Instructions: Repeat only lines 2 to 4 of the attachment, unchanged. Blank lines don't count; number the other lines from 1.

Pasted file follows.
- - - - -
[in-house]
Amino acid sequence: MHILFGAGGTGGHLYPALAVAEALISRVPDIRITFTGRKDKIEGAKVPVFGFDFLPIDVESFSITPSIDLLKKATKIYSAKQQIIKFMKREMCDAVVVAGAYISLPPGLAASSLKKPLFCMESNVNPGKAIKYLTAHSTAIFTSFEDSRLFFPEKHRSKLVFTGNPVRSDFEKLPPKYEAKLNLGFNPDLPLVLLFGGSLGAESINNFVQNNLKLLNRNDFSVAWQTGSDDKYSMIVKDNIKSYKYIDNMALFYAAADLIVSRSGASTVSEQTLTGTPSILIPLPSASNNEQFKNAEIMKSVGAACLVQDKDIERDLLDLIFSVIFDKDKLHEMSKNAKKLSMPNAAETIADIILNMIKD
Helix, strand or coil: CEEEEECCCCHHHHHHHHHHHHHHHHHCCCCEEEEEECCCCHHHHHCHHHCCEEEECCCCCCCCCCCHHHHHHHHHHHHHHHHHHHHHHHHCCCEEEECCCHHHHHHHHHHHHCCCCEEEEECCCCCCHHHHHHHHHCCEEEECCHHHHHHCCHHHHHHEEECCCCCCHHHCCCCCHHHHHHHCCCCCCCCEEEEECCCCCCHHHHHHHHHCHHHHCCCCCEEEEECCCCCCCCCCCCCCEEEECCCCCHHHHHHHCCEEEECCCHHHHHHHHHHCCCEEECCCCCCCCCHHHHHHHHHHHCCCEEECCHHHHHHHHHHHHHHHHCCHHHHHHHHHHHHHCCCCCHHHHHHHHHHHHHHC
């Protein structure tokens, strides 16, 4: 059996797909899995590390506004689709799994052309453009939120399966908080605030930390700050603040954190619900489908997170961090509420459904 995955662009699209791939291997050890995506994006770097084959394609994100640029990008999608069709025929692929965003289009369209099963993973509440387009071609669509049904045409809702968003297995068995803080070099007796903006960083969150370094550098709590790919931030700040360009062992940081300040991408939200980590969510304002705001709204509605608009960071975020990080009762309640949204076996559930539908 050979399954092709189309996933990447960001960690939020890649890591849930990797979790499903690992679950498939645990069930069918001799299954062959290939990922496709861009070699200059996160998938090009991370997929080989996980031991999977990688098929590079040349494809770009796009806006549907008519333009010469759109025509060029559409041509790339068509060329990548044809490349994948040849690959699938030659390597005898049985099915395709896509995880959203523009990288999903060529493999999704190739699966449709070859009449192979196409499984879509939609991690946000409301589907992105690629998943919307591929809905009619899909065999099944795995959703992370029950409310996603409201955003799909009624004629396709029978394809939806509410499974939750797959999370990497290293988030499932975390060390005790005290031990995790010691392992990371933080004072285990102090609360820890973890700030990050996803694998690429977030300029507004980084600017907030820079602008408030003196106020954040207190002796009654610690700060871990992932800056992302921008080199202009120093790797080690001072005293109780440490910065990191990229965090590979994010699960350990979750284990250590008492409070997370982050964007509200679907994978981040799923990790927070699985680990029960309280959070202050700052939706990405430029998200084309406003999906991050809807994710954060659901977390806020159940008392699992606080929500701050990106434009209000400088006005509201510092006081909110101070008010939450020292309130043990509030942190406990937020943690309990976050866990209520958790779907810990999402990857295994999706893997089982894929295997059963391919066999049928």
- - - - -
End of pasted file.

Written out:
Amino acid sequence: MHILFGAGGTGGHLYPALAVAEALISRVPDIRITFTGRKDKIEGAKVPVFGFDFLPIDVESFSITPSIDLLKKATKIYSAKQQIIKFMKREMCDAVVVAGAYISLPPGLAASSLKKPLFCMESNVNPGKAIKYLTAHSTAIFTSFEDSRLFFPEKHRSKLVFTGNPVRSDFEKLPPKYEAKLNLGFNPDLPLVLLFGGSLGAESINNFVQNNLKLLNRNDFSVAWQTGSDDKYSMIVKDNIKSYKYIDNMALFYAAADLIVSRSGASTVSEQTLTGTPSILIPLPSASNNEQFKNAEIMKSVGAACLVQDKDIERDLLDLIFSVIFDKDKLHEMSKNAKKLSMPNAAETIADIILNMIKD
Helix, strand or coil: CEEEEECCCCHHHHHHHHHHHHHHHHHCCCCEEEEEECCCCHHHHHCHHHCCEEEECCCCCCCCCCCHHHHHHHHHHHHHHHHHHHHHHHHCCCEEEECCCHHHHHHHHHHHHCCCCEEEEECCCCCCHHHHHHHHHCCEEEECCHHHHHHCCHHHHHHEEECCCCCCHHHCCCCCHHHHHHHCCCCCCCCEEEEECCCCCCHHHHHHHHHCHHHHCCCCCEEEEECCCCCCCCCCCCCCEEEECCCCCHHHHHHHCCEEEECCCHHHHHHHHHHCCCEEECCCCCCCCCHHHHHHHHHHHCCCEEECCHHHHHHHHHHHHHHHHCCHHHHHHHHHHHHHCCCCCHHHHHHHHHHHHHHC
């Protein structure tokens, strides 16, 4: 059996797909899995590390506004689709799994052309453009939120399966908080605030930390700050603040954190619900489908997170961090509420459904 995955662009699209791939291997050890995506994006770097084959394609994100640029990008999608069709025929692929965003289009369209099963993973509440387009071609669509049904045409809702968003297995068995803080070099007796903006960083969150370094550098709590790919931030700040360009062992940081300040991408939200980590969510304002705001709204509605608009960071975020990080009762309640949204076996559930539908 050979399954092709189309996933990447960001960690939020890649890591849930990797979790499903690992679950498939645990069930069918001799299954062959290939990922496709861009070699200059996160998938090009991370997929080989996980031991999977990688098929590079040349494809770009796009806006549907008519333009010469759109025509060029559409041509790339068509060329990548044809490349994948040849690959699938030659390597005898049985099915395709896509995880959203523009990288999903060529493999999704190739699966449709070859009449192979196409499984879509939609991690946000409301589907992105690629998943919307591929809905009619899909065999099944795995959703992370029950409310996603409201955003799909009624004629396709029978394809939806509410499974939750797959999370990497290293988030499932975390060390005790005290031990995790010691392992990371933080004072285990102090609360820890973890700030990050996803694998690429977030300029507004980084600017907030820079602008408030003196106020954040207190002796009654610690700060871990992932800056992302921008080199202009120093790797080690001072005293109780440490910065990191990229965090590979994010699960350990979750284990250590008492409070997370982050964007509200679907994978981040799923990790927070699985680990029960309280959070202050700052939706990405430029998200084309406003999906991050809807994710954060659901977390806020159940008392699992606080929500701050990106434009209000400088006005509201510092006081909110101070008010939450020292309130043990509030942190406990937020943690309990976050866990209520958790779907810990999402990857295994999706893997089982894929295997059963391919066999049928």